Horsemanship Skills

January 2021 - Closing date 28th.
Please note that for first competition of the year -  the course/requirements/horsemanship skills
are the same for all the different classes and categories. Everybody starts from the same place.

The Horsemanship skills section is the "serious" part of the competition, here you are under the judges utmost scrutiny. This is where your opportunity to really showcase your partnership skills comes into play and where you can really bump up those scores.

So what is it we are looking for?

Relationship - Connection - Understanding. "Natural" Horsemanship Skills.

"Natural" as in natural to the equine and natural to you. 

We are not looking for a performance of certain techniques or training methods, we don't want to see your equine doing "tricks" That is not Horse Agility.

We want to see a natural connection resulting in natural understanding. This can only be achieved by working with and not against your equines most basic instincts.

Horses are naturally flight animals, "spooking" is an entirely natural behaviour. Help him replace fear with curiosity, let his world become a playground, allow him the time to fully investigate an obstacle, let him test it by sniffing and pawing it, encourage the curiosity and watch it turn into courage.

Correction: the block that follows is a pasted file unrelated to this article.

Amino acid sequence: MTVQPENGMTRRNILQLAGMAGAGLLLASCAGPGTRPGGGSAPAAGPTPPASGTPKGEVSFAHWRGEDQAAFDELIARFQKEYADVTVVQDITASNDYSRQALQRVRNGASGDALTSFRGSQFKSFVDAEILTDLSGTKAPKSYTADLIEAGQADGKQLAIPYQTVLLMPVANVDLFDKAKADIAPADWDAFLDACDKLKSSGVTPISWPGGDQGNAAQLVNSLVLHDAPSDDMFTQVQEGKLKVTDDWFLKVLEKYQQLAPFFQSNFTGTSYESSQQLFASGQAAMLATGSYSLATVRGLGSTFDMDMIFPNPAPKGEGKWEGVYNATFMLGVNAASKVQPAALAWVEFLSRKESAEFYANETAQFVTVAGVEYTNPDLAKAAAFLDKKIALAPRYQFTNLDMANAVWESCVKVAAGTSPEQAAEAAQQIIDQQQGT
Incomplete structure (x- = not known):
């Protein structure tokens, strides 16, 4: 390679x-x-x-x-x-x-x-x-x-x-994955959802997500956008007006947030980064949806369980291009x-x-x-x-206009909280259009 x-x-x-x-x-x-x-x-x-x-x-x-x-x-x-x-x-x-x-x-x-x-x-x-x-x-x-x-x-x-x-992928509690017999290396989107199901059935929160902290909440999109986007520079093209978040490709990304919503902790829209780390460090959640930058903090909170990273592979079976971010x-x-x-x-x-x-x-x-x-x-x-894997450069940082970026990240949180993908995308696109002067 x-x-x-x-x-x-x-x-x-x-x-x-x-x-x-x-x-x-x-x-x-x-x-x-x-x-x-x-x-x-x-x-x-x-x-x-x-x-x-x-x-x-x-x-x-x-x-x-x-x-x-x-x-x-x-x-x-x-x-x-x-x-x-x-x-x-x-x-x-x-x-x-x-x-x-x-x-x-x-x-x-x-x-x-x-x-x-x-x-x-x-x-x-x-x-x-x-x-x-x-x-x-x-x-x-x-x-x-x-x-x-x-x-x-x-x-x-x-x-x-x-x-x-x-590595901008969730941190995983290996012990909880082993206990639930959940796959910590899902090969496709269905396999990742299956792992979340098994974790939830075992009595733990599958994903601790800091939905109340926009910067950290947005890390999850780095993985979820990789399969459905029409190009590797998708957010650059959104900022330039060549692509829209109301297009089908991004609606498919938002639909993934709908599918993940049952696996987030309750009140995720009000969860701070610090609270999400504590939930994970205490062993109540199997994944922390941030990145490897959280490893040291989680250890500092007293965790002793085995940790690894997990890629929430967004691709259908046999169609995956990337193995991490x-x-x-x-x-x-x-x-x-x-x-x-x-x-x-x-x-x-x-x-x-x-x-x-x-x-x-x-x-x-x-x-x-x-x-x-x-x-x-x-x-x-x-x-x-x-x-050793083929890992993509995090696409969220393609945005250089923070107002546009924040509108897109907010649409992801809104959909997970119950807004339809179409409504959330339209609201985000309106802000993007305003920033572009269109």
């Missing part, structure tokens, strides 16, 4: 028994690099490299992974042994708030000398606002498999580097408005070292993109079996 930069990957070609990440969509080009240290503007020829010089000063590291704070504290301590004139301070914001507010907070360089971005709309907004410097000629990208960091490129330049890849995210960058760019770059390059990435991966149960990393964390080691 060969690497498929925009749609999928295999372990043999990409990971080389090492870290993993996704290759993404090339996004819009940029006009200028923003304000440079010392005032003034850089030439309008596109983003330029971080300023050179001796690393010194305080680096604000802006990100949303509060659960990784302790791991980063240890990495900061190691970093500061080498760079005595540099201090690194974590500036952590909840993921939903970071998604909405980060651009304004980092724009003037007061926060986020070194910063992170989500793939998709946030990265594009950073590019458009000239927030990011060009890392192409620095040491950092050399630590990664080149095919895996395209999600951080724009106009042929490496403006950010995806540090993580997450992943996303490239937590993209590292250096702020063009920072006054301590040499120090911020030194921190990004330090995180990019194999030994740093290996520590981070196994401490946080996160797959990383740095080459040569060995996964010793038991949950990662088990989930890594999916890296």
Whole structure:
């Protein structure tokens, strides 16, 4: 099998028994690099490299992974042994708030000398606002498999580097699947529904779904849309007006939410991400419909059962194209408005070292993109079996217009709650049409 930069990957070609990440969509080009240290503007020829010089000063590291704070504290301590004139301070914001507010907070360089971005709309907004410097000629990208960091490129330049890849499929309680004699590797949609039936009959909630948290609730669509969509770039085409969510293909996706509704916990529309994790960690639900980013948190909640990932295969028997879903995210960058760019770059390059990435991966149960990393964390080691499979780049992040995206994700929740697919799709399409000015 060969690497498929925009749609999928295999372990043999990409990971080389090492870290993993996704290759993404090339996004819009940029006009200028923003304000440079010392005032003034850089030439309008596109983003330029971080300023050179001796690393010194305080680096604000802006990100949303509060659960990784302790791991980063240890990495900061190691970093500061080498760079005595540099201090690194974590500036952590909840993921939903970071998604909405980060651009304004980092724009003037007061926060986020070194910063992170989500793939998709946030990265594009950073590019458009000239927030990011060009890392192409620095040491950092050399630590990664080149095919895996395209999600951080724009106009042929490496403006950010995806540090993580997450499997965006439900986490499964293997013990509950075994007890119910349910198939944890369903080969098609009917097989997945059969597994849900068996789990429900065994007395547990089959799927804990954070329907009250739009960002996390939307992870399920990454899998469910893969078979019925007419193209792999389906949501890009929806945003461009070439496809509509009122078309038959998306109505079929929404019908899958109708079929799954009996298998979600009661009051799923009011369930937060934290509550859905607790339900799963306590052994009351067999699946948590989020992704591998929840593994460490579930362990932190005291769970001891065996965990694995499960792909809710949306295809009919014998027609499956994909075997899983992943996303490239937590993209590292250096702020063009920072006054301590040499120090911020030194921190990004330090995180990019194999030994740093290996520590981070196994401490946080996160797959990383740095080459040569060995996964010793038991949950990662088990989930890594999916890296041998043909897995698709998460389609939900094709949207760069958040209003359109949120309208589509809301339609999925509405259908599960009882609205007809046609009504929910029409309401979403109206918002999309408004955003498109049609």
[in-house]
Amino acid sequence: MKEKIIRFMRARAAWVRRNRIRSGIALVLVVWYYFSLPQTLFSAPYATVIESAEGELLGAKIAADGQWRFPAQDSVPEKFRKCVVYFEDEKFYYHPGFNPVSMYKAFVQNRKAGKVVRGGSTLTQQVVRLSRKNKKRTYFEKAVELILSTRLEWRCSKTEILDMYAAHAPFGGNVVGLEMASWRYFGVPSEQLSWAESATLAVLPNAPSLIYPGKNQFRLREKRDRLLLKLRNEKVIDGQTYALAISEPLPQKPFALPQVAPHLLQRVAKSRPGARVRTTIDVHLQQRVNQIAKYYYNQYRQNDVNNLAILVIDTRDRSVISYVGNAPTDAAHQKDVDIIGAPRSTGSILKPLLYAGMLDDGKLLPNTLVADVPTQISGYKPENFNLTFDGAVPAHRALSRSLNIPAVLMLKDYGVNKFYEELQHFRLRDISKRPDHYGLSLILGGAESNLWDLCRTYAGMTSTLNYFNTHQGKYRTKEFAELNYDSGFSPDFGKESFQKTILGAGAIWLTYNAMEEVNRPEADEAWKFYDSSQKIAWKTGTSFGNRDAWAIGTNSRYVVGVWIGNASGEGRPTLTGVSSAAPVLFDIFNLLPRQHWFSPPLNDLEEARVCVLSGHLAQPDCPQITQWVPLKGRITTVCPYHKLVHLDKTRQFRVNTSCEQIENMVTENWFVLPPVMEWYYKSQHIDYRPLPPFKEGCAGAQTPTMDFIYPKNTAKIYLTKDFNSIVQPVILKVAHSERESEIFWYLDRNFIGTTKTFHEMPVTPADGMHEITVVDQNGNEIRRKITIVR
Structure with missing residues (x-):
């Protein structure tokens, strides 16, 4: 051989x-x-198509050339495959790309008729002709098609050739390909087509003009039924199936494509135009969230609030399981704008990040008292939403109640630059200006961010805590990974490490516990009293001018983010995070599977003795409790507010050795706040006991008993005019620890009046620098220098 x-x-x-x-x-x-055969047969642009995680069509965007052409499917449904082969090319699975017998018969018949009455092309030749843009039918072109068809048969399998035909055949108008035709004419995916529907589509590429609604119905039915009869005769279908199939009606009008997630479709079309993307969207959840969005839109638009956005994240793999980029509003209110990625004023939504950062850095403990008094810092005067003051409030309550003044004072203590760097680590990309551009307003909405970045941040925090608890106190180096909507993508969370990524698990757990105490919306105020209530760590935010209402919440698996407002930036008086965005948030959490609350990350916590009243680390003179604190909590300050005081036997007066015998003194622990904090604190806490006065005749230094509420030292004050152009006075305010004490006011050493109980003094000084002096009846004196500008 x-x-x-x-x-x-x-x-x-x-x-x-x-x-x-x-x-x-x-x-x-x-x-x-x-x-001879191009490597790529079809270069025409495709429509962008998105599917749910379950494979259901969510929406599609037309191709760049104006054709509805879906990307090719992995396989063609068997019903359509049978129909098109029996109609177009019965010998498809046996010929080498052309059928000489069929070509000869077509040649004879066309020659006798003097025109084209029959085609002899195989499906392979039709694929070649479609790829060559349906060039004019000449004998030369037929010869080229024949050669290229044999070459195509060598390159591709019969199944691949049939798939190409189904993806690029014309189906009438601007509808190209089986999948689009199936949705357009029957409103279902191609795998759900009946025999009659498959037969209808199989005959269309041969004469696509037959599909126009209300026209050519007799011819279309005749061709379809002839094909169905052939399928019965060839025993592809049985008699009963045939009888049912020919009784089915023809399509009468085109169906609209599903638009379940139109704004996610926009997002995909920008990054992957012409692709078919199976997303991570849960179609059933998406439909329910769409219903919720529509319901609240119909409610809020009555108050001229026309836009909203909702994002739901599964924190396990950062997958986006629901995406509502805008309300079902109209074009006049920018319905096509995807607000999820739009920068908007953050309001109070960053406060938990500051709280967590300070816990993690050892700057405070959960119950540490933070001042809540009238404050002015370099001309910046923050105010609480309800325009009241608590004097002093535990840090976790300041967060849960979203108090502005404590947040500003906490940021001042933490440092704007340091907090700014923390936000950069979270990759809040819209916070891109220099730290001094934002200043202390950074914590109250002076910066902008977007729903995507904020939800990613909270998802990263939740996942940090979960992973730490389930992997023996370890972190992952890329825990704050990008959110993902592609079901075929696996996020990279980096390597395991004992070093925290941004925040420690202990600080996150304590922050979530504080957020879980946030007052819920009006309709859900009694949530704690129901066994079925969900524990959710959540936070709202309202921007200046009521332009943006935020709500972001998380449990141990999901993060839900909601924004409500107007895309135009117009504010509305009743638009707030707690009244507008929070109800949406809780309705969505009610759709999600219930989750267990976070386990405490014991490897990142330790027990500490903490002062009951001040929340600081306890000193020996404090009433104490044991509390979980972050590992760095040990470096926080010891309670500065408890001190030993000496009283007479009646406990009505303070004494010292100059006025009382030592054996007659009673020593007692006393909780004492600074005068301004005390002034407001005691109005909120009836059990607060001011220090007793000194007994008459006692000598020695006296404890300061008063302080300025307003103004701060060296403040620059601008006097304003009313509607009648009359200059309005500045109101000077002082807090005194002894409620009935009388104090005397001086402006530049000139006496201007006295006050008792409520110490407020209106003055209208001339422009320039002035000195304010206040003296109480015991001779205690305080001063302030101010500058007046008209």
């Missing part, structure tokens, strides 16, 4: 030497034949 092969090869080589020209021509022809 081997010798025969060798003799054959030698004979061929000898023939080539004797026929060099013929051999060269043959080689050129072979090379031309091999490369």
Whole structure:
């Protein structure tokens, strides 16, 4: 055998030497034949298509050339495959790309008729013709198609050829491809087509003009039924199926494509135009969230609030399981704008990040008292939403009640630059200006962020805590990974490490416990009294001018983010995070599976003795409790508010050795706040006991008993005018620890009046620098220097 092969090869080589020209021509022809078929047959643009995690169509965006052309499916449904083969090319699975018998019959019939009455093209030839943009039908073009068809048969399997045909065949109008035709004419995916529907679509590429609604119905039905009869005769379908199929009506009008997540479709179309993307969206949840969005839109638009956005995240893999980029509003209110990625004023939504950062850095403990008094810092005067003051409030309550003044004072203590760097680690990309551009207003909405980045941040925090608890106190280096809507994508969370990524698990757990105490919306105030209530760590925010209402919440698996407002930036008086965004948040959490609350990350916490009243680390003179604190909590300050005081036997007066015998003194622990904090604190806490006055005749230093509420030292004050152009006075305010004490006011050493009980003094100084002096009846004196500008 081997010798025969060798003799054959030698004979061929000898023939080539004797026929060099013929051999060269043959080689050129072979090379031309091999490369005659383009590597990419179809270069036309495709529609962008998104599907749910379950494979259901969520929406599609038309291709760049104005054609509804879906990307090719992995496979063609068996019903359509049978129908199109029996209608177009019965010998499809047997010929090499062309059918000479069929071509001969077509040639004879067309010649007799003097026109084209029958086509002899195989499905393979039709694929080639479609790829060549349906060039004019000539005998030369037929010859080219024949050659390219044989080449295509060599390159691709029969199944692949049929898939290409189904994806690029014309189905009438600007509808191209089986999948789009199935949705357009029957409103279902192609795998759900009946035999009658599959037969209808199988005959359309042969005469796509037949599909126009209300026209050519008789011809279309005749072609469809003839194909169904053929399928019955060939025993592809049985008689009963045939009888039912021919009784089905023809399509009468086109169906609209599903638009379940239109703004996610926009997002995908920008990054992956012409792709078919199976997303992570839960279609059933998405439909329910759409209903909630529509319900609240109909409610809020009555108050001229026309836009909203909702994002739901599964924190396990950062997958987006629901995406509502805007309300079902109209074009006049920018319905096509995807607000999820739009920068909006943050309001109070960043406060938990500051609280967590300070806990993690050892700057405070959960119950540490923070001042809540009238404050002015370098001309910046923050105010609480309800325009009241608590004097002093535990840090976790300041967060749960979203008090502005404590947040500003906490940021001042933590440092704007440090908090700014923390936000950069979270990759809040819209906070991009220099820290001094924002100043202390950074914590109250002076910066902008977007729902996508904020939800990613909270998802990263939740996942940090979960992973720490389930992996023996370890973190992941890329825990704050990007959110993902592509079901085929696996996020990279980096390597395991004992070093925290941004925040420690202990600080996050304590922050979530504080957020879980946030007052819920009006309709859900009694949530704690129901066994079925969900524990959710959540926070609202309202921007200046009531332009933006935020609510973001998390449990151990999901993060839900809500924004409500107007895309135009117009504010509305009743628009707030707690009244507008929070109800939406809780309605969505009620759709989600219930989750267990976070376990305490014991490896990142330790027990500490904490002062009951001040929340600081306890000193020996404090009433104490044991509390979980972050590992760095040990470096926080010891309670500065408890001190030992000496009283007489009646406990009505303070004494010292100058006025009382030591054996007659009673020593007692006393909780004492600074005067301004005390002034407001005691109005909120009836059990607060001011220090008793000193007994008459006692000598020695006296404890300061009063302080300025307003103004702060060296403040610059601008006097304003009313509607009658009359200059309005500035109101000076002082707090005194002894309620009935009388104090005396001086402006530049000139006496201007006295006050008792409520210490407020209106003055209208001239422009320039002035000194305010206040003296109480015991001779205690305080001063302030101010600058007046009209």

Horse Agility should not "desensitise" your equine, you want him to always be curious of the obstacles, looking at and touching them, familiarising himself with them, allow his own natural investigation and calculation to build his confidence and trust in you, and of what you are asking him to do - an equines trust is the ultimate gift - one to be respected and nurtured.

The judges perspective.
Relaxed calm halts, the equine standing quietly next to the handler without moving.
Handler leading position, side changes and moving in front of equine, fluent and calm.
The walk should be active but not hurried.
The centre point must be directly under the equines belly in halt.
The quarter turns should be as small as possible - the hindquarters describing a smaller circle than the forehand with as little forward drift as possible.
The back up 4 steps should not be hurried or forced.
In the synchronised walk the handler's and equine's step should mirror one another. If the handler takes long slow strides the equine should lengthen his stride - if the handler takes small slow strides the equine must shorten his stride.
The halt and wait at the poles should be calm and relaxed the equine must show immobility. The "smile in the rope" is a lengthening of the rope with a "give" towards the equine. The "invite" to the equine to step across should be a clear visible
ask by the handler.
At all times the judge is looking for connection and understanding.

Awarding The Partnership - Not The Performance

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